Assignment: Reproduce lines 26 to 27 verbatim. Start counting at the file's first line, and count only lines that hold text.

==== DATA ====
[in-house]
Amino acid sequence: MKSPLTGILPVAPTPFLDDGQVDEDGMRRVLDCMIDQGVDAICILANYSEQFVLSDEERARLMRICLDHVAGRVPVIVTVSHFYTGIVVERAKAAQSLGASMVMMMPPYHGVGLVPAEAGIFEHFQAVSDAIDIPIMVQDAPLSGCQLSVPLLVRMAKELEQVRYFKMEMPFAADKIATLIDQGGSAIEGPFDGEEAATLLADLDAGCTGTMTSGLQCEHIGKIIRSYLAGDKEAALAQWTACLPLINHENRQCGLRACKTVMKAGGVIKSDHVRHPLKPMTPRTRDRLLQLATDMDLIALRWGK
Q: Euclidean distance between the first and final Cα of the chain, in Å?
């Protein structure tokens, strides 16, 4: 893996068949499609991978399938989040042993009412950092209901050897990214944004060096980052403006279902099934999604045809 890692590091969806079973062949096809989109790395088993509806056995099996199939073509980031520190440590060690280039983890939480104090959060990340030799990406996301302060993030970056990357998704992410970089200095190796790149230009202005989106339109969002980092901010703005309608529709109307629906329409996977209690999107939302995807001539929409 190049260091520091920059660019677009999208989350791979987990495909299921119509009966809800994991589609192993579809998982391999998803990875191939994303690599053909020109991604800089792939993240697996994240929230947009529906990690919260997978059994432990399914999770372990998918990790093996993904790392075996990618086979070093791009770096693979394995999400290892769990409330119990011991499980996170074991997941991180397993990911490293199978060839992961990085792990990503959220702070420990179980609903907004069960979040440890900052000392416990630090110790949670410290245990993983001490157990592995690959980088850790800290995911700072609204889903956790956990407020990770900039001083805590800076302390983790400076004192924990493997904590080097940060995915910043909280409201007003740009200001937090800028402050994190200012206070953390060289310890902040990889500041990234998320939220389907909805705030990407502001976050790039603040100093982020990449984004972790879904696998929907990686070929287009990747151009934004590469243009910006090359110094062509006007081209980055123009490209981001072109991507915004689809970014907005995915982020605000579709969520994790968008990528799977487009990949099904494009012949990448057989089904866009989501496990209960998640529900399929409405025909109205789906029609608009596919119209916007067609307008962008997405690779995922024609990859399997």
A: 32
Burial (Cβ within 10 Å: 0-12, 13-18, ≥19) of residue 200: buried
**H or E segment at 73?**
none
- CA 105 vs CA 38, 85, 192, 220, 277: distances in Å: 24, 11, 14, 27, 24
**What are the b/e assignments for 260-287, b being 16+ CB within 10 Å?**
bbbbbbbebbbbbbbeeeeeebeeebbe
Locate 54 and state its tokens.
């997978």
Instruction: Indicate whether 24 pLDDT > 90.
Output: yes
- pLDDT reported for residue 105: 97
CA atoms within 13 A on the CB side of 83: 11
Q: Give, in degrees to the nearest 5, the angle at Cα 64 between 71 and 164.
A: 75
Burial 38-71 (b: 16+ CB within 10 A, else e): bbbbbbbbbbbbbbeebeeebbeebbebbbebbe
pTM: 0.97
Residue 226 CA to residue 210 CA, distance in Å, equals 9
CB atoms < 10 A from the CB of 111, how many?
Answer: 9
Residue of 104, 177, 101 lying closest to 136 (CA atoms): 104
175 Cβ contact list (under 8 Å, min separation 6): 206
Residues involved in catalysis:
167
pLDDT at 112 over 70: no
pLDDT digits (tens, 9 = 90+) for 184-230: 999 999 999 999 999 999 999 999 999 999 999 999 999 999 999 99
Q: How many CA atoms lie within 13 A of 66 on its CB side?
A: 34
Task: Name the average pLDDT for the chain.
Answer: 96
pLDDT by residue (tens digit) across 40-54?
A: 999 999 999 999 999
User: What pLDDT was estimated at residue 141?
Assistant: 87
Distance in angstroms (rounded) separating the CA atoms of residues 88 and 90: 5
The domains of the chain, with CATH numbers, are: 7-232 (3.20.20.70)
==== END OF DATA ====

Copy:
175 Cβ contact list (under 8 Å, min separation 6): 206
Residues involved in catalysis: